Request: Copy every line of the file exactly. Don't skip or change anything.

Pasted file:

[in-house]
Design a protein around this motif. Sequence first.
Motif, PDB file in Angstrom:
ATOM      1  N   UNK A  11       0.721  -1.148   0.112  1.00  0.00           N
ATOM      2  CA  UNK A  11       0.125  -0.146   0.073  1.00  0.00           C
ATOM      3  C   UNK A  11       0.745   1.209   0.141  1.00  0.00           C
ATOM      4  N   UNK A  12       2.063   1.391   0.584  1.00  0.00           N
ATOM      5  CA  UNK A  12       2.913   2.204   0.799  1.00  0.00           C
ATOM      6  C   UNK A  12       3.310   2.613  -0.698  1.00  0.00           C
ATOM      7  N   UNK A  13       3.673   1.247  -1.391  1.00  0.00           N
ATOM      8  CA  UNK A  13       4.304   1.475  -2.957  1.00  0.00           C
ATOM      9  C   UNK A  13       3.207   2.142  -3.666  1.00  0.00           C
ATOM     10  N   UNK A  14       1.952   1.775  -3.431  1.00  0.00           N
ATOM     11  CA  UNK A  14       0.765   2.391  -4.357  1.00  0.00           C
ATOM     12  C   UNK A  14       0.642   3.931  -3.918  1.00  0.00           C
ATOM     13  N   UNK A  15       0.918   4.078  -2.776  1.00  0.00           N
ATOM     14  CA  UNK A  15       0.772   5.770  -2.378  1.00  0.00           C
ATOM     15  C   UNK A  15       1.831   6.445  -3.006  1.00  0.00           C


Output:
[in-house]
Design a protein around this motif. Sequence first.
Motif, PDB file in Angstrom:
ATOM      1  N   UNK A  11       0.721  -1.148   0.112  1.00  0.00           N
ATOM      2  CA  UNK A  11       0.125  -0.146   0.073  1.00  0.00           C
ATOM      3  C   UNK A  11       0.745   1.209   0.141  1.00  0.00           C
ATOM      4  N   UNK A  12       2.063   1.391   0.584  1.00  0.00           N
ATOM      5  CA  UNK A  12       2.913   2.204   0.799  1.00  0.00           C
ATOM      6  C   UNK A  12       3.310   2.613  -0.698  1.00  0.00           C
ATOM      7  N   UNK A  13       3.673   1.247  -1.391  1.00  0.00           N
ATOM      8  CA  UNK A  13       4.304   1.475  -2.957  1.00  0.00           C
ATOM      9  C   UNK A  13       3.207   2.142  -3.666  1.00  0.00           C
ATOM     10  N   UNK A  14       1.952   1.775  -3.431  1.00  0.00           N
ATOM     11  CA  UNK A  14       0.765   2.391  -4.357  1.00  0.00           C
ATOM     12  C   UNK A  14       0.642   3.931  -3.918  1.00  0.00           C
ATOM     13  N   UNK A  15       0.918   4.078  -2.776  1.00  0.00           N
ATOM     14  CA  UNK A  15       0.772   5.770  -2.378  1.00  0.00           C
ATOM     15  C   UNK A  15       1.831   6.445  -3.006  1.00  0.00           C